So Jono, first things first, how and why did you decide to get into podcasting?
I’ve been into podcasts since the days of the iPod, so finally starting my first show in 2014 was a bit of a thrill. I was a newspaper reporter at the time and I spent way too much of the workday jabbering with my desk neighbours. One night out, we decided we should start our own podcast and we somehow convinced our news editor that a pop culture show would be a good way to spend company time. For the next year and a half, we released a weekly episode on all kinds of random movie, TV and film topics. It was always the best part of the week.
Tell us about Puttin’ In Work.
Puttin’ In Work is an interview podcast that dives deep into the inspiring stories and career experiences of talented people from all sorts of creative industries. I have a natural curiosity about the creative process, the big breaks and the baby steps it takes to get from point A to point B, so Puttin’ In Work is a cool way to share these motivating stories of hard work with my audience. Whether or not you’re interested in comedy, art, voice acting, game development, podcasting, or music, I think there are lessons from these people’s stories that we can all apply to our own interests. That’s what keeps me interested in talking to these people from all around the world, even after about 150 episodes.
Who have been your top 3 guests on the podcasts and why?
It’s so hard to pick from around 150 people so I’ll just go with three that come to mind.
- Roger Clark is an amazing actor and if you’ve played through Red Dead Redemption 2, you’ve probably spent 50 plus hours listening to him as Arthur Morgan. It was great to talk to Roger about working on a billion-dollar franchise, coming out of nowhere to have a legion of fans and the process of motion capture and voice acting. All the voice actors I’ve chatted to have been totally awesome people with the best stories, so if you have a chance to meet or interview a voice actor, don’t pass it up.
- Digital artist BossLogic has been on the podcast twice now, and I’m especially proud of the first interview (live at PAX Aus 2018) because it was his very first podcast. He was very elusive and no one even knew what he looked like at the time. He was already doing awesome stuff, but since then he’s worked with Disney, Marvel and Ubisoft, doing all sorts of amazing official artwork for these mega IPs like The Avengers, Aladdin and Assassin’s Creed. It was also great to get a second interview with him to talk about that growth and how he’s managed to stay humble through it all.
- New York Times best-selling author Shea Serrano is one of the funniest people on the internet and someone I never expected would agree to an interview. His story of switching from a career as a teacher to writing for websites like The Ringer is just amazing. I wasn’t sure how I convinced Shea to do the podcast, but in his words, he could tell I just “wasn’t going to give up”. So that’s something.
For those who are new to podcasting, what’s the process like with getting some of these guests to jump on the show?
You’ll never get anywhere without asking, so it always starts with finding a way to contact people, whether it’s an email, a DM or just a straight-up public tweet. I think it helps to tell them why you’re interested in their story and achievements, that you’re flexible to work around their schedule, and that your audience would love to hear from them. Sometimes you have to pitch to a bunch of people at once, knowing that maybe only one of them will say yes or be available over the coming weeks. Once you’ve interviewed a couple of cool people, you can really use that to your advantage. For example, “Hey Robert Downey Jr, I recently interviewed your friends Tom Holland and Chris Hemsworth, so I know my audience would love to hear your story too.” But that brings me to another point – you have to approach people who are accessible, who want a platform to engage with an audience, who ideally own recording equipment and software, and who understand the world of podcasting… so probably not Robert Downey Jr.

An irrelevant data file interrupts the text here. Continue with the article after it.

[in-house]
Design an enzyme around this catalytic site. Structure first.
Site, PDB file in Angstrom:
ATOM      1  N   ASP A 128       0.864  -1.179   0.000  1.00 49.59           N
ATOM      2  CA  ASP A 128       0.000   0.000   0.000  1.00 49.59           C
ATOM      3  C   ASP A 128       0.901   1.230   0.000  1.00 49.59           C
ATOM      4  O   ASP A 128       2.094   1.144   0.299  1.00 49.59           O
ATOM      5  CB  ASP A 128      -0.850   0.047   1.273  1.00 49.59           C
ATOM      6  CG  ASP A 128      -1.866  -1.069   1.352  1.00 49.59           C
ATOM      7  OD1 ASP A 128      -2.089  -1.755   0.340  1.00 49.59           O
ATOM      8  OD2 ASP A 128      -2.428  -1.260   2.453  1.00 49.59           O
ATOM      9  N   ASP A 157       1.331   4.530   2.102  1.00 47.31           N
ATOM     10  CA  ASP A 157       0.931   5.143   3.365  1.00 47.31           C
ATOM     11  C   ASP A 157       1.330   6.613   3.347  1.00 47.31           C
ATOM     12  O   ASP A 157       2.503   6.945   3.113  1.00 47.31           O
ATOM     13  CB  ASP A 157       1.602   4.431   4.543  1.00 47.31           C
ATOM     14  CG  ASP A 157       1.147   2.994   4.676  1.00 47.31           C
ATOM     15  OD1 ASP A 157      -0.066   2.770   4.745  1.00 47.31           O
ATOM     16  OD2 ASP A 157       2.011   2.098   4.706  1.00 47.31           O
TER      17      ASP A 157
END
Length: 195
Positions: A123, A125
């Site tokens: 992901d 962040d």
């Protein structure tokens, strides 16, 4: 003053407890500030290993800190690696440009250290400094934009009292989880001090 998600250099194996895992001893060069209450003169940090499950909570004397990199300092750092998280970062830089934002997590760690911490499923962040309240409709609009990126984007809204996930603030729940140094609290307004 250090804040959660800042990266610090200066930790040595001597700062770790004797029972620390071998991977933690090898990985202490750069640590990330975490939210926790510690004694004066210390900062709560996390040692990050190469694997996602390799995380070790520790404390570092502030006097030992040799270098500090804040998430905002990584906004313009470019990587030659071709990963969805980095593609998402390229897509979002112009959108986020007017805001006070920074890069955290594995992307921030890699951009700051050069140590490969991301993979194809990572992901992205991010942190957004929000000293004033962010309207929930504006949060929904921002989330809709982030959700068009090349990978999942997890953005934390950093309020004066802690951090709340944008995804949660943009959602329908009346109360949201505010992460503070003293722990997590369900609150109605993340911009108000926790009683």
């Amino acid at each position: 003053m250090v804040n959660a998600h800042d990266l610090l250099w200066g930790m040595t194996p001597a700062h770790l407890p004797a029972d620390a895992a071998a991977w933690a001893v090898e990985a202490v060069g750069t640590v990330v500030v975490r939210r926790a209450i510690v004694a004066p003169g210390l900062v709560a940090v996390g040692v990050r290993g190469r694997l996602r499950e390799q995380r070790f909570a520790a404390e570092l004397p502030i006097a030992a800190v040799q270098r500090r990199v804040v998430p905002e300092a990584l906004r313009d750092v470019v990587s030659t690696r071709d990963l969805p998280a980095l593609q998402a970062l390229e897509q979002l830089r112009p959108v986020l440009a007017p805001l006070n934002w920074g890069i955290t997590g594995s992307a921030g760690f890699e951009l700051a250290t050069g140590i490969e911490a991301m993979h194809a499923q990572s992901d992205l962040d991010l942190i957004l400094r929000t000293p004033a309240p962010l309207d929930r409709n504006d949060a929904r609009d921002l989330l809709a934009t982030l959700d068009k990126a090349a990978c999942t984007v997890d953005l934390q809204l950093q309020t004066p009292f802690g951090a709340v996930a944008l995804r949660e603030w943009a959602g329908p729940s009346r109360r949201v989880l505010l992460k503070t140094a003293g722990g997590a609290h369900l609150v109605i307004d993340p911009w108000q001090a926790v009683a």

You’re clearly a busy man outside of Puttin’ In Work, tell us a bit about your other projects?
Puttin’ In Work has taken a bit of a backseat over the past year while I focus on other podcasts, including my movie rewatch show Comedy Rewind and my NBA podcast Hoop Dreams, which are also part of the ATEBIT podcasting network. Finding a new Puttin’ In Work interview every week was getting a bit tricky, and you’ve got to be careful not to do something beyond the point of enjoyment, so hosting these new podcasts has kept me from burning out and allowed me to be a bit more creative. I’ve also published two adventure novels, The Spy and the Maven and The Maven Effect, so writing has definitely taken a lot of my attention when I’m not behind a mic or editing a podcast.
Lastly, what’s next for Jono Pech?
A lot of podcasting is what’s always next. I’ve actually been writing and doing sound design for a video game called Trigger Witch, and that’ll be releasing fairly soon on Switch, PlayStation and Xbox. It’s been so much fun and I can’t wait for people to get their hands on what I’ve been working on with the devs at Rainbite. I’m hoping to get a chance to promote that as a guest on other podcasts, but I will definitely find a way to share the experience with my own audience too.